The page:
However, ever striving to improve, I looked up the internet and found that some people had mounted their jigsaws on tables, essentially converting them to table saws. Some had also guided their blades to ensure that they do not flex wildly as before. I found them interesting and worth pursuing because they could improve the quality of my projects later. So I made a jig saw table of my own. The following were some descriptions of it:
I happened to obtain a piece of MDF board which was previously a part of a kitchen cabinet. Although it was thicker than what I wanted (because the thicker the table, the less exposed cutting edge I could have from the blade), I still decided to use this as my table top for this project, treating it as my first prototype. MDF boards were not very strong physically, so I screwed in some 1″x2″ wood ribs at the back for support. The rib also served as a clamping piece for my vise which was already fixed in position. To further support the table, I fabricated a strut and anchored it to another place near the work area. So essentially, my work table did not have any legs, but was clamped and supported by my vise.
In order for a table saw to cut pieces in a straight line, it needed a fence. Again, selecting the best option, I prepared one edge of the table with a piece of 1/2″x1-1/2″ wood strip, glued it in place as best as I could perpendicularly, and used this as a reference edge. The fence itself consisted of two pieces of wood strips joined in a L-shape configuration. The ends were fabricated out of several pieces of wood of various thicknesses, fashioned into a clamp made out of a bolt and a wing nut so that the distances from the cutting blade could be adjusted when needed.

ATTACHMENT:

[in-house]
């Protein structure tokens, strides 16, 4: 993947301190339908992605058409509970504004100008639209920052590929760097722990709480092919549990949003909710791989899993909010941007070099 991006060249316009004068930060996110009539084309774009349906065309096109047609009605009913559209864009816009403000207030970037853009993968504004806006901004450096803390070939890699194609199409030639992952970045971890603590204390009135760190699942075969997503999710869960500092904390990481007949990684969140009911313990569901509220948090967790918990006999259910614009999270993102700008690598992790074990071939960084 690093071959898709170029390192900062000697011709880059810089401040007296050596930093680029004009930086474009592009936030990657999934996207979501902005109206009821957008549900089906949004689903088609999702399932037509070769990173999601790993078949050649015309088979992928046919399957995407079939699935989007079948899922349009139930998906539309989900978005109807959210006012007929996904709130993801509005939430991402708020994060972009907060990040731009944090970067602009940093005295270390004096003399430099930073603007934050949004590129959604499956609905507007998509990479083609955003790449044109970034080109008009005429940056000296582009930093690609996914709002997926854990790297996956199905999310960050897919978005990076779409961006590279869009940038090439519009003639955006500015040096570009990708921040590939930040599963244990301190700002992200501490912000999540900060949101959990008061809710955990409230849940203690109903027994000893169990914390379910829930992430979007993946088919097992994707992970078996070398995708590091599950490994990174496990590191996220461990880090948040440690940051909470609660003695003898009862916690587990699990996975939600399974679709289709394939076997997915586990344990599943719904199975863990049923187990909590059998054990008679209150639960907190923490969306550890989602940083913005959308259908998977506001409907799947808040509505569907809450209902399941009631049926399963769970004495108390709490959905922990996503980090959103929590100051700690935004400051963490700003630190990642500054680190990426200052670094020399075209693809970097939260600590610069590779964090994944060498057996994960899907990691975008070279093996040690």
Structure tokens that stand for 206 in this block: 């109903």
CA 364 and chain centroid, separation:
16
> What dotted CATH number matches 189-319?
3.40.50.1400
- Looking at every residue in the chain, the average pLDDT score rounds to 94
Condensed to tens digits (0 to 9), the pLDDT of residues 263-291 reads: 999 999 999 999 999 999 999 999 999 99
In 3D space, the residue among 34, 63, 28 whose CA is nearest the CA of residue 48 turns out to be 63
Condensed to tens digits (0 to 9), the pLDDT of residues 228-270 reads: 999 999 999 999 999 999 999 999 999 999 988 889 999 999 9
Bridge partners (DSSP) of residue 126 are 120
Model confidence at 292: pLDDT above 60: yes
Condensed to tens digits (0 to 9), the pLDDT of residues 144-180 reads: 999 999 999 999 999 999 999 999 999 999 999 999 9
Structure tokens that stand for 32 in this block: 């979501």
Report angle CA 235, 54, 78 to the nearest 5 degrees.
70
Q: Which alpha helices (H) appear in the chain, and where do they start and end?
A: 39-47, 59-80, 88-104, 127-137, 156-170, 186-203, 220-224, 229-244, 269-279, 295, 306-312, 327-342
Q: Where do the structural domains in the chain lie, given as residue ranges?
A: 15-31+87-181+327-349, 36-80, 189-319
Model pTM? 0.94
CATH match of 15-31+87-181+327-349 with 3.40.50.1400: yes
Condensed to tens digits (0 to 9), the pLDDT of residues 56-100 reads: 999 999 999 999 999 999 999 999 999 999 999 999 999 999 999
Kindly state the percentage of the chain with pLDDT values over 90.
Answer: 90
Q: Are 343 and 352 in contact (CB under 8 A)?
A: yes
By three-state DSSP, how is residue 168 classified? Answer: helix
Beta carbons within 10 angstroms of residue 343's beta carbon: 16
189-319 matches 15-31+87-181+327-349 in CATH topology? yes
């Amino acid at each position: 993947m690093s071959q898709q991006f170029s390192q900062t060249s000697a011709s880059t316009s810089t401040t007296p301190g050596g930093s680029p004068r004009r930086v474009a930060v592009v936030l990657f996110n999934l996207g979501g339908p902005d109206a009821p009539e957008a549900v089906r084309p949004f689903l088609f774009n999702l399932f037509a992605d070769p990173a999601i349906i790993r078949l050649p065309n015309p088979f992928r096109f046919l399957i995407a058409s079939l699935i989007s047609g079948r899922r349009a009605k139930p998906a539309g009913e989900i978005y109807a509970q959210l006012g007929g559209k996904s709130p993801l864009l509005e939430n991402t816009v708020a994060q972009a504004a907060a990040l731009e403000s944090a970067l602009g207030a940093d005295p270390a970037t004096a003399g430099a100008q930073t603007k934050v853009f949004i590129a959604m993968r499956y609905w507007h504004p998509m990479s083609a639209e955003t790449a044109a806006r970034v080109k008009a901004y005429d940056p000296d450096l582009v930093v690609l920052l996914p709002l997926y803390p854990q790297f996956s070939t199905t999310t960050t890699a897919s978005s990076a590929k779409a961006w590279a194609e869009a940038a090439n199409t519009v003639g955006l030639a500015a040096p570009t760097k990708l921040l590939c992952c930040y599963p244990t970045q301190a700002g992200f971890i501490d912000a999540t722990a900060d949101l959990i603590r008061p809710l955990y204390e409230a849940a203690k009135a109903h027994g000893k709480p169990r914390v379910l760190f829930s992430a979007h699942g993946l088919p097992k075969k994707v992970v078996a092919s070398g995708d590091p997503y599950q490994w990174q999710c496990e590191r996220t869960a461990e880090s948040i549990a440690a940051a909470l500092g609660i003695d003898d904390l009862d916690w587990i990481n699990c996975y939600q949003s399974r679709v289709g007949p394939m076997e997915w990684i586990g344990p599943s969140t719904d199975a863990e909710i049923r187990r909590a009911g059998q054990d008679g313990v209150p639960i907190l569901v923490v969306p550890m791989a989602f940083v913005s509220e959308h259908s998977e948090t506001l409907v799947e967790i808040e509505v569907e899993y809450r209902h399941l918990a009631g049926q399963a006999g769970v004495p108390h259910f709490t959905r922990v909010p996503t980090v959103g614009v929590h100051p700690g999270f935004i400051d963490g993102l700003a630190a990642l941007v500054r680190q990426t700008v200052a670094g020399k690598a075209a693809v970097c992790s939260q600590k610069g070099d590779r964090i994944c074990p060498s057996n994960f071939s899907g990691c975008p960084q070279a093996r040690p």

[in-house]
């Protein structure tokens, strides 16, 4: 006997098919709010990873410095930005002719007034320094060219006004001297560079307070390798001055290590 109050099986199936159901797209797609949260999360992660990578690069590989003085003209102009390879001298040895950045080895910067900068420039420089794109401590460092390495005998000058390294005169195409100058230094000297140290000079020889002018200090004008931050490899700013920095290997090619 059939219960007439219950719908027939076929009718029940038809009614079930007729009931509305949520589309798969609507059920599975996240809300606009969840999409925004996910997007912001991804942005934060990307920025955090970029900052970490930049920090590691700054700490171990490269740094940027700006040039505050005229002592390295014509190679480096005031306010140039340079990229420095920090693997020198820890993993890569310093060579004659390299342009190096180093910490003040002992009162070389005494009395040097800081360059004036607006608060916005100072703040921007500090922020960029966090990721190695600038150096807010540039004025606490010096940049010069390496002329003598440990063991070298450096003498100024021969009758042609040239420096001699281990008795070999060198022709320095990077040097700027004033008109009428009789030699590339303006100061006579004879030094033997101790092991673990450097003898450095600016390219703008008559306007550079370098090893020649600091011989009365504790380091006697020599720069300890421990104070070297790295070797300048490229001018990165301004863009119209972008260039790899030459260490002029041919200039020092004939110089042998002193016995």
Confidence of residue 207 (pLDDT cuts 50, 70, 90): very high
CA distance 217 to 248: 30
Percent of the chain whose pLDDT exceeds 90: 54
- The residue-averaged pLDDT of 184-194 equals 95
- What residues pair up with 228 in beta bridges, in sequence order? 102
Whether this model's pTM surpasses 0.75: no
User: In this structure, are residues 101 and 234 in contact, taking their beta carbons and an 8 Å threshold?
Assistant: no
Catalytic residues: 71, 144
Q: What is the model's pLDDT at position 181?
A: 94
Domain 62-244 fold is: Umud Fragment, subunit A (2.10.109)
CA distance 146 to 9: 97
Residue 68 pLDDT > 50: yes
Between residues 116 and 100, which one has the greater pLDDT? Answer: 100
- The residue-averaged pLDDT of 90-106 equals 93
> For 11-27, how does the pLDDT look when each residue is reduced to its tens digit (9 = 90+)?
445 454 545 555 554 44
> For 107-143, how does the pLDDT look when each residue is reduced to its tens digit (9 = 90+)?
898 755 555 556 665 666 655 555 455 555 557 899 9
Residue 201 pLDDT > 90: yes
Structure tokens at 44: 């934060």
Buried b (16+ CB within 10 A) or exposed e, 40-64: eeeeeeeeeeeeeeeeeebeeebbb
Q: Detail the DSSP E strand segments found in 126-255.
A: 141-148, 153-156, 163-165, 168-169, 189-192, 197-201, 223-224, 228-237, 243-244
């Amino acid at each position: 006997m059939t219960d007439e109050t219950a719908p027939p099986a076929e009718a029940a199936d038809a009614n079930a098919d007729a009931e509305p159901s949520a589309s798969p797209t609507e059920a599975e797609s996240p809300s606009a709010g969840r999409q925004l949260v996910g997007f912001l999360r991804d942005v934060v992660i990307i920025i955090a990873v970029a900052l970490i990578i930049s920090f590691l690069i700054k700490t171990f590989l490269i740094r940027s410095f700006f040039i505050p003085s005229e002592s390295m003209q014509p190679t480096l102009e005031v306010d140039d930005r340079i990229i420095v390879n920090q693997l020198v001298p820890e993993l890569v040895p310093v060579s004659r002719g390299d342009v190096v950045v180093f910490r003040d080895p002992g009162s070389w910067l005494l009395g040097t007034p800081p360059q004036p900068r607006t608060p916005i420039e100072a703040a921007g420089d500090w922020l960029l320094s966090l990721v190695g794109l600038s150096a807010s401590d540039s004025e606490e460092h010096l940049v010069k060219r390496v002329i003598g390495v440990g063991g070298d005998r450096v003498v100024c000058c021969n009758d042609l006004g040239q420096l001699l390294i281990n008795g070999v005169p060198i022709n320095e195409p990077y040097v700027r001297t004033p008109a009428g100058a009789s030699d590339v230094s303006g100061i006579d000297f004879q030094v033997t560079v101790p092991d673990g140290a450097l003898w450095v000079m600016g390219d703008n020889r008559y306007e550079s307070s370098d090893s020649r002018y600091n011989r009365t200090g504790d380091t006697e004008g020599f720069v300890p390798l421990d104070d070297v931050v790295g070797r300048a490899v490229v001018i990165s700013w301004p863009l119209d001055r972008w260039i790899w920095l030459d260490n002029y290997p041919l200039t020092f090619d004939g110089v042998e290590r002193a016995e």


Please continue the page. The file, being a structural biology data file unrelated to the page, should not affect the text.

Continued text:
Installing the Jigsaw
The jig saw had to be inverted and attached to the table at the shoe. It must also be easily removable and be positioned accurately without any need for adjustments. In order to do that, I fabricated a border for the jigsaw shoe out of 4 pieces of 1/2″x1″ wood, attach bolts and wing nuts for the clamps, and modified the thickness of the border to suit the thickness of the jig saw shoe. Once the jig saw could be clamped in position, a hole for the jig saw blade to pass through the table was made.
A U-shaped arm was fabricated to enable the blade guide roller mechanism to be positioned above the blade while at the same time allowing a work piece to be moved on the table. The lower portion of the arm was attached to the under side of the table while the upper portion was positioned over the table. A sliding piece which could be adjusted to move along the arm was made for positioning the blade guide mechanism over the blade. Two rollers which sandwiched the blade, allowed the latter to move up and down without swaying sideways. The roller guide piece could also be moved nearer to the work piece for better control of the side way movements.
In order for the mechanism to work, the blade must be longer than a normal blade. A normal blade would be too short. I bought 132 mm long bimetallic blades just for this purpose.
The jig saw was plugged into an extension cord. At this time, it was not deemed necessary to install another switch for the machine. What I did was to engage the lock-on button on the machine and switch on and off using the switch at the extension wire which was some distance away from the machine. At the first test run, the jig saw table seemed to be working well.